Del Mar pitches Pay-As-You-Throw trash collection system
By Marlena Chavira-Medford
The city of Del Mar may soon offer an incentive for residents who recycle.
Right now, the city charges one flat fee for trash collection at all single-family residences. But city staff is now proposing a Pay-As-You-Throw (PAYT) system, which would charge homeowners based on how much trash they put out on the curb every week. The thought is that this could potentially save money for residents while encouraging them to recycle and compost.
The PAYT system would likely offer 32-, 64- and 96-gallon carts for trash, and an unlimited capacity for recyclable material. There would be a base rate using the 64- or 94-gallon cart sizes, and then additional fees for anyone who went over trash capacity. There would also be reduced rates for residents who generated less trash and only used a 32-gallon bin — thereby encouraging recycling and composting.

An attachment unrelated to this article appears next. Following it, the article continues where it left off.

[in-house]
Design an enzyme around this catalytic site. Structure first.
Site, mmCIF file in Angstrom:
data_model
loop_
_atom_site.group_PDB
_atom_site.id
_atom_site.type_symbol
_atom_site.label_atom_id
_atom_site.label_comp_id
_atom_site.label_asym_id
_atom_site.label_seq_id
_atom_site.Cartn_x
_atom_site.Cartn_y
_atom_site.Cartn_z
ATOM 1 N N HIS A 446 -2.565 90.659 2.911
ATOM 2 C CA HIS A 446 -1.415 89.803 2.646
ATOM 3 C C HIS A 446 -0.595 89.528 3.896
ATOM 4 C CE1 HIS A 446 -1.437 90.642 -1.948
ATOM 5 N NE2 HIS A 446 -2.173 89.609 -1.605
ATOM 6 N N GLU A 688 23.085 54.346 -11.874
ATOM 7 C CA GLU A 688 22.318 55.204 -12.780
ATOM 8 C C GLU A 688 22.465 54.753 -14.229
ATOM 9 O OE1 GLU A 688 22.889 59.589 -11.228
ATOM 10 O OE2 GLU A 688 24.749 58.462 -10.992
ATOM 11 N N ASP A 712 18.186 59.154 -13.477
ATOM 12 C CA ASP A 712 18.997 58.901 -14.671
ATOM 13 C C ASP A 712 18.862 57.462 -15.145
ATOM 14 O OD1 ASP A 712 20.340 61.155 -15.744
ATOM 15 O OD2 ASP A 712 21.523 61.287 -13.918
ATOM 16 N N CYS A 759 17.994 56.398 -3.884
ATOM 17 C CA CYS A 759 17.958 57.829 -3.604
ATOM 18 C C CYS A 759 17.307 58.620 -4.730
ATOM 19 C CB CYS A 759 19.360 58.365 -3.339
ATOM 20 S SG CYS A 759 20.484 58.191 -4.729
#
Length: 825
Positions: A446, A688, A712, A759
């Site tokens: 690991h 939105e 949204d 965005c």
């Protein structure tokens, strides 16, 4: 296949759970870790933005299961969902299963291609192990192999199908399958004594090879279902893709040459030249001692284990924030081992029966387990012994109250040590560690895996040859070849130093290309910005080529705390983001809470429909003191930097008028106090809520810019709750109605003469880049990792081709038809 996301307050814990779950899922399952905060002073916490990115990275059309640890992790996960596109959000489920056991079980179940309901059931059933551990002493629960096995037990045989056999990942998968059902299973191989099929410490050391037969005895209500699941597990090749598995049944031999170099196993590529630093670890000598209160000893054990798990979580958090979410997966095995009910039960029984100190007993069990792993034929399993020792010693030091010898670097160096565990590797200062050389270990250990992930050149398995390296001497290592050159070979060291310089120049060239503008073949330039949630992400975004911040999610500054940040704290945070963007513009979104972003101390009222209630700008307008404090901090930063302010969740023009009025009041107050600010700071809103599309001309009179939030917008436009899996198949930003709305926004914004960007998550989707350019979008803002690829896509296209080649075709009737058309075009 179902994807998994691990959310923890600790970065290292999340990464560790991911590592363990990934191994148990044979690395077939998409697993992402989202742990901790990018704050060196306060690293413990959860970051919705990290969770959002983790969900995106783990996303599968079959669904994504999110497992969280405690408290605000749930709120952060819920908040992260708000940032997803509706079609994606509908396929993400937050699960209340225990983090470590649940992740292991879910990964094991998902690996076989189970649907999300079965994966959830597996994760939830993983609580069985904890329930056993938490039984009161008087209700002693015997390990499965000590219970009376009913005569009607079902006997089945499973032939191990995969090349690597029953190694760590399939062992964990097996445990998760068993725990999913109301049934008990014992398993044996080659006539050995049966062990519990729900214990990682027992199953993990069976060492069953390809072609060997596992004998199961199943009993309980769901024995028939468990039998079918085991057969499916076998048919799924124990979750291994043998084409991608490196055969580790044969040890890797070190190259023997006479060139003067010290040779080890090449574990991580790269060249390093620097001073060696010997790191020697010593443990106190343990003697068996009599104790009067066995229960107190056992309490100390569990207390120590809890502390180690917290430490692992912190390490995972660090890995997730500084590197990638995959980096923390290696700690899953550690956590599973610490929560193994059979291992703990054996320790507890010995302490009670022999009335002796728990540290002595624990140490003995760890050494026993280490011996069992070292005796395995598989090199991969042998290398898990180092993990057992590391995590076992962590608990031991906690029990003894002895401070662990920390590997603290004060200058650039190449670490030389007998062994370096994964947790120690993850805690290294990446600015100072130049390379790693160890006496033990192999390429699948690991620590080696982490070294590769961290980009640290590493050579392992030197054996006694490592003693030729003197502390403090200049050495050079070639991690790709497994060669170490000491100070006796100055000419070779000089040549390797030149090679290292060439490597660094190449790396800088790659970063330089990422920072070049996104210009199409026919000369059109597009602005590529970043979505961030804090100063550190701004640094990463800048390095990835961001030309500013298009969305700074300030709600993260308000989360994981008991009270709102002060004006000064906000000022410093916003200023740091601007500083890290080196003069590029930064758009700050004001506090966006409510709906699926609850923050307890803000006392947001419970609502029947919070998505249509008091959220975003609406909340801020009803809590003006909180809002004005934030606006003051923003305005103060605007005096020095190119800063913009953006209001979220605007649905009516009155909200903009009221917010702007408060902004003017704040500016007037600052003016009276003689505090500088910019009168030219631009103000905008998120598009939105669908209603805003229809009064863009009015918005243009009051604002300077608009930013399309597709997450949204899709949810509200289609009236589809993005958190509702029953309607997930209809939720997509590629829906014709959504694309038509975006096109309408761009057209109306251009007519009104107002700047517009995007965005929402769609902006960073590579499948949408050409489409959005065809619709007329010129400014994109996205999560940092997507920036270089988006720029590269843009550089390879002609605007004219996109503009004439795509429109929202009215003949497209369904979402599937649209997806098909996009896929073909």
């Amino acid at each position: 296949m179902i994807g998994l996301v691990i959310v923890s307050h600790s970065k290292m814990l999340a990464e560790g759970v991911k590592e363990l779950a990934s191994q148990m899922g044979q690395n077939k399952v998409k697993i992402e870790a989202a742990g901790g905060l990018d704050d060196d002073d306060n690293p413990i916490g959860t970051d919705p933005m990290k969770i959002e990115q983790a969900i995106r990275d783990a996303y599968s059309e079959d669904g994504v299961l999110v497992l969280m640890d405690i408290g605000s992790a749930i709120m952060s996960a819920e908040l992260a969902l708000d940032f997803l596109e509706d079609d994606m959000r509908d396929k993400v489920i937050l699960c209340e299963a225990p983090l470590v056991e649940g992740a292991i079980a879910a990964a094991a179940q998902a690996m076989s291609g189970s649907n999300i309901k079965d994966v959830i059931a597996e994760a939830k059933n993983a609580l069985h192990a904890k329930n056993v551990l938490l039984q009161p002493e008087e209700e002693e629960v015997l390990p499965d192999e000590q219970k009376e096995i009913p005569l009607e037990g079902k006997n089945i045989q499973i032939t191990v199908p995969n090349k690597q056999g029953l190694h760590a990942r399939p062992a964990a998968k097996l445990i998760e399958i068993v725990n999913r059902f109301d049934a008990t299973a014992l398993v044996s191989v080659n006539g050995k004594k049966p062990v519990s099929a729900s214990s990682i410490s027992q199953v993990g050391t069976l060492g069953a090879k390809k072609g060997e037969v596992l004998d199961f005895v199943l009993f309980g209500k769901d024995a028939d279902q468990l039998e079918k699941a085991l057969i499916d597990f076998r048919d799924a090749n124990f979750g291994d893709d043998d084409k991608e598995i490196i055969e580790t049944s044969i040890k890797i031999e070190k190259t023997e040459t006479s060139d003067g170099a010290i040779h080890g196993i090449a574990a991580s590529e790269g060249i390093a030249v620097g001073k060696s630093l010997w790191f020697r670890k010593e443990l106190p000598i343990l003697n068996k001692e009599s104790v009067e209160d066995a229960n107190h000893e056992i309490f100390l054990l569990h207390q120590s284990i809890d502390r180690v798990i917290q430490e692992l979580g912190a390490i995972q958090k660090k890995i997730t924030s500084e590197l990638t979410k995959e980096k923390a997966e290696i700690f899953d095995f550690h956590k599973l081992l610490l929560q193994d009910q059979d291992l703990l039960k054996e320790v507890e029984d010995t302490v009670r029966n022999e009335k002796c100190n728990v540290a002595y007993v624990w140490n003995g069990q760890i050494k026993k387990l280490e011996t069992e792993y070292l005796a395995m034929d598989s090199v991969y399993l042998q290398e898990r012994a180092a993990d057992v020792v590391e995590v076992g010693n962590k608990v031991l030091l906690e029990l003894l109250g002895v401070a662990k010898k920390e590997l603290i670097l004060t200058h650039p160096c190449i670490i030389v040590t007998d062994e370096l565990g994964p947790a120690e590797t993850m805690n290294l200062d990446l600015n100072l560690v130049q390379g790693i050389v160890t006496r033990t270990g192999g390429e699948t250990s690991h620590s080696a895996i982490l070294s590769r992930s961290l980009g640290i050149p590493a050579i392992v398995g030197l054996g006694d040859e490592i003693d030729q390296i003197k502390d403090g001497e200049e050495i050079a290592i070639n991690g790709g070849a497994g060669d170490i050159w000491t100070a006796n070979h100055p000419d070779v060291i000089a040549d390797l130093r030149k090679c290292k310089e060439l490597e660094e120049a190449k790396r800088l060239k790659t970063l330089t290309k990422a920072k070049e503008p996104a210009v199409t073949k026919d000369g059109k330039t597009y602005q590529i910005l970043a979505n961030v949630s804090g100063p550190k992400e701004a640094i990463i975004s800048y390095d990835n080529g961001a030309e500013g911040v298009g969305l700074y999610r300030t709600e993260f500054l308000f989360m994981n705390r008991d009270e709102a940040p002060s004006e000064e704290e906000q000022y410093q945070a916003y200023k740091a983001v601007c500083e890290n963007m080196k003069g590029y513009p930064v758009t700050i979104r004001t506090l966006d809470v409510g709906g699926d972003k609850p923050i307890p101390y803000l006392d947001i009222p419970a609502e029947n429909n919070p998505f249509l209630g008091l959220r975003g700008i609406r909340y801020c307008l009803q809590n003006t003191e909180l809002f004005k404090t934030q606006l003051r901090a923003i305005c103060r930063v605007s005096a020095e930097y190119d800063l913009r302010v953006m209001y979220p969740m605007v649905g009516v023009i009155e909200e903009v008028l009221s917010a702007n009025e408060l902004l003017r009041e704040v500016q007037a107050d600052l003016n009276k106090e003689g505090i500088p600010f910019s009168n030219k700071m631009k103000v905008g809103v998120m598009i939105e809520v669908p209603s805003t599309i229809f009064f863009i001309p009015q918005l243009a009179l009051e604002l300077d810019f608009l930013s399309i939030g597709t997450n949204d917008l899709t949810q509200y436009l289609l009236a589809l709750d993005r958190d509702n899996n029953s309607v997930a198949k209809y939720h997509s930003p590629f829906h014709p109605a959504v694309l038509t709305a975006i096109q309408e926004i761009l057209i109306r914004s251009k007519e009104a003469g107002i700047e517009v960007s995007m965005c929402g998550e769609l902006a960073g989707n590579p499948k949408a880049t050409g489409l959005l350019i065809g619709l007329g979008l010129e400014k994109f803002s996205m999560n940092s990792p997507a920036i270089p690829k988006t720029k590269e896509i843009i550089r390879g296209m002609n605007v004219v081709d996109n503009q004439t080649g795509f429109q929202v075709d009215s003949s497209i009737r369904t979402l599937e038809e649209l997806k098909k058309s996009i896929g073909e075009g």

The PAYT rate scale will be determined based on feedback from community workshops, which have yet to scheduled. If the community is strongly opposed to the proposed changes, a Citizens Advisory Committee could be formed. There will also be an outreach campaign that will educate residents on recycling and backyard composting.
Proposition 218 requires cities to alert property owners of any changes to property-related fees. Therefore, Del Mar staff will be mailing notifications of the pending change in trash collection rates to all property owners and ratepayers, and inviting protests to the proposed changes.
Should a majority of ratepayers protest the changes in rates, the new rates cannot be implemented.
Based on input from the Sustainability Advisory Board, this summer the city launched a pilot program with semi-automated collection, using standardized wheeled carts for both solid waste and recycling, which the city staff is proposing. The program seems to have been successful in promoting recycling: In August, there were 530 recyclable pounds collected, by October there were 760 recyclable pounds collected, and by January there were 1,050 recyclable pounds collected.
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